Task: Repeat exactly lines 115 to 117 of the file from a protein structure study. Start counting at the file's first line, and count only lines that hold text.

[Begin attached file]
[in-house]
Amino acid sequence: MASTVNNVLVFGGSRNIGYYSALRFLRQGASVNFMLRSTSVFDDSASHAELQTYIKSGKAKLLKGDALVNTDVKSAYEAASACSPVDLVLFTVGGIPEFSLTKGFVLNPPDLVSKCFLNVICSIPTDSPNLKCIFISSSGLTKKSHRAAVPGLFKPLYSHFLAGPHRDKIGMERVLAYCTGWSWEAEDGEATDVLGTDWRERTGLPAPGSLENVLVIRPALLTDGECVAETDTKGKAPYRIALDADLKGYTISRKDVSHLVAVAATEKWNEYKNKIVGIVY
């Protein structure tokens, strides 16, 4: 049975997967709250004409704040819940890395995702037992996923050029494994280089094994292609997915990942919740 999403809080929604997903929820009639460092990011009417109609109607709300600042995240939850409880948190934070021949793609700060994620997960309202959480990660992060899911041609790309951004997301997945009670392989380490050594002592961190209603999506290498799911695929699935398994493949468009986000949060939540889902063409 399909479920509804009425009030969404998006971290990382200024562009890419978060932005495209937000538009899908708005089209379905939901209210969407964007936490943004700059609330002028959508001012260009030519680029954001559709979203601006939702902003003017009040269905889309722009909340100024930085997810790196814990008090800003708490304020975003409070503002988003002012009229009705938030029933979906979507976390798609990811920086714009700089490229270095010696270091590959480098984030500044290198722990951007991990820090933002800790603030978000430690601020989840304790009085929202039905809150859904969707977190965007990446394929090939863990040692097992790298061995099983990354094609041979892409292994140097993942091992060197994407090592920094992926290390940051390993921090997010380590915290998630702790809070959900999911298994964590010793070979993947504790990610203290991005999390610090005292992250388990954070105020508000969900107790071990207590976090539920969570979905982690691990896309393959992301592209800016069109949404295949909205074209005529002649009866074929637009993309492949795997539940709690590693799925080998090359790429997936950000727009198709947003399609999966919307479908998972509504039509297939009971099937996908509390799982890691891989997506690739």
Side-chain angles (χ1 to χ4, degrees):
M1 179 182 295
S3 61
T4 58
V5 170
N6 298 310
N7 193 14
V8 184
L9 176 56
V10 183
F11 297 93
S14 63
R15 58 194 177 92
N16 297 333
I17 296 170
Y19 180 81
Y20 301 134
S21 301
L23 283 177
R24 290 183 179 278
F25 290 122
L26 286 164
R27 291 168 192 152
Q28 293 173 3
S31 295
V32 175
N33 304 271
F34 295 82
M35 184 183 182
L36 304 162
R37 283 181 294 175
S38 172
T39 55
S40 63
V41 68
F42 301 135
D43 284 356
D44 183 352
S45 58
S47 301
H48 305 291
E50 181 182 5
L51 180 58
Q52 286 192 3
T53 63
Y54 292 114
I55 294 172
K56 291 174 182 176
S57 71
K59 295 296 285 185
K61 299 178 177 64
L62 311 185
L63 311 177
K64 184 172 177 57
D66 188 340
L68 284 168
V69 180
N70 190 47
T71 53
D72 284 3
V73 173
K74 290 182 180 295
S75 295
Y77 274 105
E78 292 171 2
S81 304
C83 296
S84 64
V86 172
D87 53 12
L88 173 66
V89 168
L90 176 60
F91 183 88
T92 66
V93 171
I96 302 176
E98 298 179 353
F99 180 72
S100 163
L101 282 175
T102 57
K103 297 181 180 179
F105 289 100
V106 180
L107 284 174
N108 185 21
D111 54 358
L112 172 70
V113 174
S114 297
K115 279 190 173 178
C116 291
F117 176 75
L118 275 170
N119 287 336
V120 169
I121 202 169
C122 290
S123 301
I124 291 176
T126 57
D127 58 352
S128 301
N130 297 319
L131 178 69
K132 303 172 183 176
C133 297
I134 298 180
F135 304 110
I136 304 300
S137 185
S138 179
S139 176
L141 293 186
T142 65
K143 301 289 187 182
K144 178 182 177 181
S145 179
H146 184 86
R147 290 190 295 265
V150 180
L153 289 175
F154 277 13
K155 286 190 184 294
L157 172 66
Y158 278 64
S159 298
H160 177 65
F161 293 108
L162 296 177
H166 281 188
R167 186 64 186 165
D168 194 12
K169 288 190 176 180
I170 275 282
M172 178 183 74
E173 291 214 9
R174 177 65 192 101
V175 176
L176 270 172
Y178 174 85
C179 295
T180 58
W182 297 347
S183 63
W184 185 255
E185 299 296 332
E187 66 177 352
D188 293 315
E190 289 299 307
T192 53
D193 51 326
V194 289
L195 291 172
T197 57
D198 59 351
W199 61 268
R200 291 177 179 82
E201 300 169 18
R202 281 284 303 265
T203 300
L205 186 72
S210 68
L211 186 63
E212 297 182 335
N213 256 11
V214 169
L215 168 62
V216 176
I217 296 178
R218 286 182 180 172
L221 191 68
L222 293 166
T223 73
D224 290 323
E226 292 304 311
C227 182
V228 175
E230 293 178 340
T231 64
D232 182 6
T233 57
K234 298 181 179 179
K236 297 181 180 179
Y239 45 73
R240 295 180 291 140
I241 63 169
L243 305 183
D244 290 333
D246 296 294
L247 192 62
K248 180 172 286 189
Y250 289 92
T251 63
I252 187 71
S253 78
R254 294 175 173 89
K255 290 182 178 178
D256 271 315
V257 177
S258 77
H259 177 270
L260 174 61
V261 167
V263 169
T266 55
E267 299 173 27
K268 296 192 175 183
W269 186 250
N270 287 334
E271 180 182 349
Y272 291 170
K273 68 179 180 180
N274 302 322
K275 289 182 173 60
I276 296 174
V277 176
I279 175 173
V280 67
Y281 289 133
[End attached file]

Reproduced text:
S137 185
S138 179
S139 176